People don’t always admit it, but insider trading is rampant in the corporate world. While this is obviously unfair and often very illegal, it can sometimes provide clues that your company is about to be acquired by another organization.

Management Doesn’t Seem to Care About Falling Stock Prices

Falling stock prices are always a sign that all is not well in your company, but it can be especially troubling if your management doesn’t seem to care if prices are down. In most cases, a company’s PR machine will go on the defensive and try to come up with plausible excuses for falling stock prices, but they won’t put that much effort into a company that’s about to be sold anyway. If management is strangely quiet about falling stock prices, it could be that they’ve all but finalized an acquisition and no longer have a stake in the company.

Stock Prices Fluctuate Wildly

Although cryptocurrency and tech stocks have conditioned modern investors to believe that stock prices constantly fluctuate, that isn’t the case. Most stocks have a market cap of less than $2 billion, and they don’t change a whole lot from one day to the next. If stock prices do drop by a significant amount in a day, it could be that your stock is being manipulated so that someone can come and buy the company out.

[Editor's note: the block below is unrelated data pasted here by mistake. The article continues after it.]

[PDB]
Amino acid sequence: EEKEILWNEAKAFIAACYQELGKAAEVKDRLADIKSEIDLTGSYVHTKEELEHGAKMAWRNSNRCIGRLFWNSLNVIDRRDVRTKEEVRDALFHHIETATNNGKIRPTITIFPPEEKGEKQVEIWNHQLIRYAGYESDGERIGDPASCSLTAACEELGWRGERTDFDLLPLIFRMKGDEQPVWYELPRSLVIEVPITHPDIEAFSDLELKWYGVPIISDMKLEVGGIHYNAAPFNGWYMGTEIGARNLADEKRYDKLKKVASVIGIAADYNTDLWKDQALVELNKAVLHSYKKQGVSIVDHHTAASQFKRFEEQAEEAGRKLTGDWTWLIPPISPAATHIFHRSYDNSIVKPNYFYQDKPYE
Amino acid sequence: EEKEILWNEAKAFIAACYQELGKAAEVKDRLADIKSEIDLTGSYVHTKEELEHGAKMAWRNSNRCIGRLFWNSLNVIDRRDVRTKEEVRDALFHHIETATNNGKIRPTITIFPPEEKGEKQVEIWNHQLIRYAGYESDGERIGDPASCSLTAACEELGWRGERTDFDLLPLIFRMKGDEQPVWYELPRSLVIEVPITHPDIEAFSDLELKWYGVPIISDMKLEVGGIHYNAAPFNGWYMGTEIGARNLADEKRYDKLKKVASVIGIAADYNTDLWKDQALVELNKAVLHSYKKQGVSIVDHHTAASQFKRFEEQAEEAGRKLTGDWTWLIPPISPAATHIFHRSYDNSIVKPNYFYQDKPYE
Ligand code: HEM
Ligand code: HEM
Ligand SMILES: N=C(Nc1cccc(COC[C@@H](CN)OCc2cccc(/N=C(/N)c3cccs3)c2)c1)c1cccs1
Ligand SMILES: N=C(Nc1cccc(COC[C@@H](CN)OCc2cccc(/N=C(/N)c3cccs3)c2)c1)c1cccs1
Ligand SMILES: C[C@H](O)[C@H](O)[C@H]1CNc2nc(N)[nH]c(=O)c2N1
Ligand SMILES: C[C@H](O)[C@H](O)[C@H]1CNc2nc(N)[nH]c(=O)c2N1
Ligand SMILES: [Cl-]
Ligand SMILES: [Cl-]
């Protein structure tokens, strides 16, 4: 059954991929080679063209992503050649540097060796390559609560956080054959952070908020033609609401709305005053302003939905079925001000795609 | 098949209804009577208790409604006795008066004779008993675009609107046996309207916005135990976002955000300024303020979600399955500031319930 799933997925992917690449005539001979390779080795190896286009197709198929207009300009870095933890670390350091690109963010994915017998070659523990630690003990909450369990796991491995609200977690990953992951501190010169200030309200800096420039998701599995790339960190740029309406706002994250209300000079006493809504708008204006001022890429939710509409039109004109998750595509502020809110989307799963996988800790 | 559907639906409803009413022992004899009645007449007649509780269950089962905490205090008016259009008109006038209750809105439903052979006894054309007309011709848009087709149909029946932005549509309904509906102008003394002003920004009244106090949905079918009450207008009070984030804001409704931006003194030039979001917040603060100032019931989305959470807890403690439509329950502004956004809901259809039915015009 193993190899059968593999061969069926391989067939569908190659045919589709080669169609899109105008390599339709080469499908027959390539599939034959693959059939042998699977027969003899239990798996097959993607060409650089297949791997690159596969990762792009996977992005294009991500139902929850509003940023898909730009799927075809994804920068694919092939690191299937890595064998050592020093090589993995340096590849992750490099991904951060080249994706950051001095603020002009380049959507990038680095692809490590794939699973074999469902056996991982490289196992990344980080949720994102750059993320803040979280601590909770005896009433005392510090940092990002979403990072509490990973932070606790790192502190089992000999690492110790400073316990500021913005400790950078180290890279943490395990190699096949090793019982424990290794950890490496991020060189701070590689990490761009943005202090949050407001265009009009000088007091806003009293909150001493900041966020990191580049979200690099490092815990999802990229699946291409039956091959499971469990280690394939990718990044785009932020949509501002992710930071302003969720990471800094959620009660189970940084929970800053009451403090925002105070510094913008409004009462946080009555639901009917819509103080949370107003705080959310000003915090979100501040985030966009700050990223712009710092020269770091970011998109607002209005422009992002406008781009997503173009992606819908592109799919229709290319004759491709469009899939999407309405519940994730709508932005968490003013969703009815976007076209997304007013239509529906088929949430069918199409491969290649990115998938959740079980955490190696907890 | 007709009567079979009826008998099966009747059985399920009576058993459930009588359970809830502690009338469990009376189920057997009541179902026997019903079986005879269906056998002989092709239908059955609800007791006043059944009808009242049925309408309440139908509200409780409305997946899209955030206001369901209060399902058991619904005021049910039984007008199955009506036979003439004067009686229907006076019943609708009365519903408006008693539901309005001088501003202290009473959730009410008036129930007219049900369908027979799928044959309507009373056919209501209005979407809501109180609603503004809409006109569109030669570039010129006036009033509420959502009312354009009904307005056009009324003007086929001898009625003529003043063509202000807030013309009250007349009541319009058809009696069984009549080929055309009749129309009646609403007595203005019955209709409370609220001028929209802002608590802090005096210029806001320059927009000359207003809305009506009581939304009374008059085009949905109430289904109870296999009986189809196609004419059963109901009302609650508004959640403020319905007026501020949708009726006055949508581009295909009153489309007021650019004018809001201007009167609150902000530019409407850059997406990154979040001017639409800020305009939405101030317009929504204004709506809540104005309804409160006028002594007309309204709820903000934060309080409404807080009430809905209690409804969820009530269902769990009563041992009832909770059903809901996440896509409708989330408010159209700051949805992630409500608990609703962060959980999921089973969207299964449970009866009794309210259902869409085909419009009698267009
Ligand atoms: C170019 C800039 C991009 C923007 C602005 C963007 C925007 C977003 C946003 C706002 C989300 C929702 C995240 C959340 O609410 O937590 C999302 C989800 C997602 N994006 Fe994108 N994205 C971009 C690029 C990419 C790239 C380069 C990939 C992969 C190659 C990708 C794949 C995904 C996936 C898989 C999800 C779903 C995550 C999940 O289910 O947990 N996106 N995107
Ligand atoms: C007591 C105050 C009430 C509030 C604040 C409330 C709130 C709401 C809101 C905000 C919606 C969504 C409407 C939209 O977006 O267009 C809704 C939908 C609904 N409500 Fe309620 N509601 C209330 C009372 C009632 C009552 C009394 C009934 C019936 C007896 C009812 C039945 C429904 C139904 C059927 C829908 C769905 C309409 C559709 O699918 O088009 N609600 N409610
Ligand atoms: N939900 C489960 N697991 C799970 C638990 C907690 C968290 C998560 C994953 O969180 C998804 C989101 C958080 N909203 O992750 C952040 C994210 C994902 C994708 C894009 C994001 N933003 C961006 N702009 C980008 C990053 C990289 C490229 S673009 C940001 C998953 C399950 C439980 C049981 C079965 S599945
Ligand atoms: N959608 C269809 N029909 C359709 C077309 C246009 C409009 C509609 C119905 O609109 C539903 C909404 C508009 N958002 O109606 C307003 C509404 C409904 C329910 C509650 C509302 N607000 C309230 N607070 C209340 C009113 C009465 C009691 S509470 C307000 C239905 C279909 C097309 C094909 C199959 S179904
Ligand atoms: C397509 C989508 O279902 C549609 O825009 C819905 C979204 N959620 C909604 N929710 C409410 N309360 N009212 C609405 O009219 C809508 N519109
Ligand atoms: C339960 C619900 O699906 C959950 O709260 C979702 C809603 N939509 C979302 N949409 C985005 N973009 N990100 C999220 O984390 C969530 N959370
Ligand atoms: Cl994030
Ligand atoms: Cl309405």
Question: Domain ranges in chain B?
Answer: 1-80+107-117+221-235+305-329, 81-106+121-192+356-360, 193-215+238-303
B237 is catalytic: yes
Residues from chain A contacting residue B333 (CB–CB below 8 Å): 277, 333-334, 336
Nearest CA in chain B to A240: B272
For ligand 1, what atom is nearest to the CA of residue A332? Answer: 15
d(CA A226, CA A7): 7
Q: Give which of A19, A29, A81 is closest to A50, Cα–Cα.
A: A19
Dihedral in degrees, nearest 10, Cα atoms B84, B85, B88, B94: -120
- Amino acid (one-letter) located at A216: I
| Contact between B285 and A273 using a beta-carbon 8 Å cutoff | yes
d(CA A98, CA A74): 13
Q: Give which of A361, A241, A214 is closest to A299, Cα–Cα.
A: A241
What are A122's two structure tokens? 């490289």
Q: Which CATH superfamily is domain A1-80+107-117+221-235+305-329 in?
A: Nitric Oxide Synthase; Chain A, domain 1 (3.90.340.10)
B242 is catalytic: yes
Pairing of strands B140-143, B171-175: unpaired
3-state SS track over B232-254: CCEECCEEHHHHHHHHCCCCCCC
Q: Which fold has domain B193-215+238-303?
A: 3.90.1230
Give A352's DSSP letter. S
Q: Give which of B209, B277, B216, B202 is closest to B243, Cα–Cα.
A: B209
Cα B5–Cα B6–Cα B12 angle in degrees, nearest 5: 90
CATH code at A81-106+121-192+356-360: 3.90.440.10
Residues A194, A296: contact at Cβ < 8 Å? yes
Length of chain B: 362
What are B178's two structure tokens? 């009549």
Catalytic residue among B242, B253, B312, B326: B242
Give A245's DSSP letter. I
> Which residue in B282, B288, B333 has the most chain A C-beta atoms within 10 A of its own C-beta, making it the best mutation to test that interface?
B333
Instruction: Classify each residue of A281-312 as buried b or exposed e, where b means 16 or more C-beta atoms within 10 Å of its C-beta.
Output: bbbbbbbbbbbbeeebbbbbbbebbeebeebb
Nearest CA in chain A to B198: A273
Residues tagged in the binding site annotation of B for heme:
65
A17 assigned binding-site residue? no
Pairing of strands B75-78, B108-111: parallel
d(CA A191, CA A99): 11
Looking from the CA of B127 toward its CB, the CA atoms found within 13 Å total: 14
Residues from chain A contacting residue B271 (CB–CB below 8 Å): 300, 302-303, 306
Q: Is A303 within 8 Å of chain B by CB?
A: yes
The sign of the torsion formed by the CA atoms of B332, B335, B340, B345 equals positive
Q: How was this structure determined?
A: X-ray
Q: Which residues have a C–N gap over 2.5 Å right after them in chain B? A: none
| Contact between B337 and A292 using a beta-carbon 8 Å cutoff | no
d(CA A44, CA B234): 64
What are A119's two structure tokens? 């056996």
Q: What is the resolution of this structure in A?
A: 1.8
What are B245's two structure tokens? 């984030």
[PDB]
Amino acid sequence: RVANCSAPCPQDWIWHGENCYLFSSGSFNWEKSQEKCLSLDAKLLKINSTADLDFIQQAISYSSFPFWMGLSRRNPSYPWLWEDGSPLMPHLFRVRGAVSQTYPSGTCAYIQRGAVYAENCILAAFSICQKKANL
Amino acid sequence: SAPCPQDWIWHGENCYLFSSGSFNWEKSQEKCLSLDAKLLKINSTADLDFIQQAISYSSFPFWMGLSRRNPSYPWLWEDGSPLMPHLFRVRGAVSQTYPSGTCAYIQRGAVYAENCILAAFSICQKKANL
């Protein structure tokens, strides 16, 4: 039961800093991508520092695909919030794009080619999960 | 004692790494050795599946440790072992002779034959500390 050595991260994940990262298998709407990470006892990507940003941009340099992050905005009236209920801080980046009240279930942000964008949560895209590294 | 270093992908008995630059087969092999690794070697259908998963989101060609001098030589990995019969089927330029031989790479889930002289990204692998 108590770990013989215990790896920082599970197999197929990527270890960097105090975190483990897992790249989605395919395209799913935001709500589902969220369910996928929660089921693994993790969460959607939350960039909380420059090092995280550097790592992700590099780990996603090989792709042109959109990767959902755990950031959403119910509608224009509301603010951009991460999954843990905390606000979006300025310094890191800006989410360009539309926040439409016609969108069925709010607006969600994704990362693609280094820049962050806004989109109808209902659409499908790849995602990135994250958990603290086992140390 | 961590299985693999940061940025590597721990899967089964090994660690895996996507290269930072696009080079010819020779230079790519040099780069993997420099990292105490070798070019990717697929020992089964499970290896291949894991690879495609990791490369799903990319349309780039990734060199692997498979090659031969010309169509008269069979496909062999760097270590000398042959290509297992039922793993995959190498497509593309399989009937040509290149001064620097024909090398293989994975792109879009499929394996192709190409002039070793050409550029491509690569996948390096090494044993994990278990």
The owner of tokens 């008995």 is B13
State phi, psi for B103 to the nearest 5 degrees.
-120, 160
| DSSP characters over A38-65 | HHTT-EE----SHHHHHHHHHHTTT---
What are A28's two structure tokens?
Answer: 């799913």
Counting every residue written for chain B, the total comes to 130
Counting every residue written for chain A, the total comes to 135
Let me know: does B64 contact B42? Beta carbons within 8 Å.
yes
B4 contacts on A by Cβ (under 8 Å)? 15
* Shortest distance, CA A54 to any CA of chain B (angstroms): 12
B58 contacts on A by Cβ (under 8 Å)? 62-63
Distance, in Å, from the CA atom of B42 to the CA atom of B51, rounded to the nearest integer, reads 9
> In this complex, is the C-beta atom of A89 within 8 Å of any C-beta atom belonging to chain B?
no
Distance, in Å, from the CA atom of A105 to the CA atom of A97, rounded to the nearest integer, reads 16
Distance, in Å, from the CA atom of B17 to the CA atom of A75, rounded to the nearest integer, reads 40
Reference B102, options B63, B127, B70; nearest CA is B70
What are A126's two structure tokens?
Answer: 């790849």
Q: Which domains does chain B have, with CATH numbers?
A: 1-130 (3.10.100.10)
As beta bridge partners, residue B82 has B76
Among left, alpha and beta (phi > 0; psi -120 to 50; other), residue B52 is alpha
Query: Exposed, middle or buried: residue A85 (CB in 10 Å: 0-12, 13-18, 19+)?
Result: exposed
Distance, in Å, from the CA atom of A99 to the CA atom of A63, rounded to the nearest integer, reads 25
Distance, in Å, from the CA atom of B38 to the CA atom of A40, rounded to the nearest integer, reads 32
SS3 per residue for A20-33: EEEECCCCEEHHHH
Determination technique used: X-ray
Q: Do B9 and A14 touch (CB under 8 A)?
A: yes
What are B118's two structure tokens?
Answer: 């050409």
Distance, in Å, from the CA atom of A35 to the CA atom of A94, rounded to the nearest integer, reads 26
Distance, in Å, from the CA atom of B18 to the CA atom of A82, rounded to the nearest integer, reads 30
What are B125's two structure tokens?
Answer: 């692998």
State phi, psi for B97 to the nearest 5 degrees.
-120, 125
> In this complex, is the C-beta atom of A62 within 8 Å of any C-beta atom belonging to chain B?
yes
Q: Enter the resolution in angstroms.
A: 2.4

Stocks that suddenly jump in price can also indicate an impending buyout. Market makers are patient enough to let a company spend years in the red if they know that a buyout is on the way. This is known as buyout theft, and it is frighteningly common.

Resignations by Management

The resignation of a key company member can be seen as a bad thing when it happens in a vacuum. After all, if a company is doing well, why would an upper-level manager be so quick to leave? It could be that they know that are merger or acquisition is about to occur, and they want to get out while they still can. There could be any number of reasons why someone would want to leave, but this is often a sign of trouble, especially if there have been issues such as fluctuating stock prices or management that is being oddly silent about other goings-on.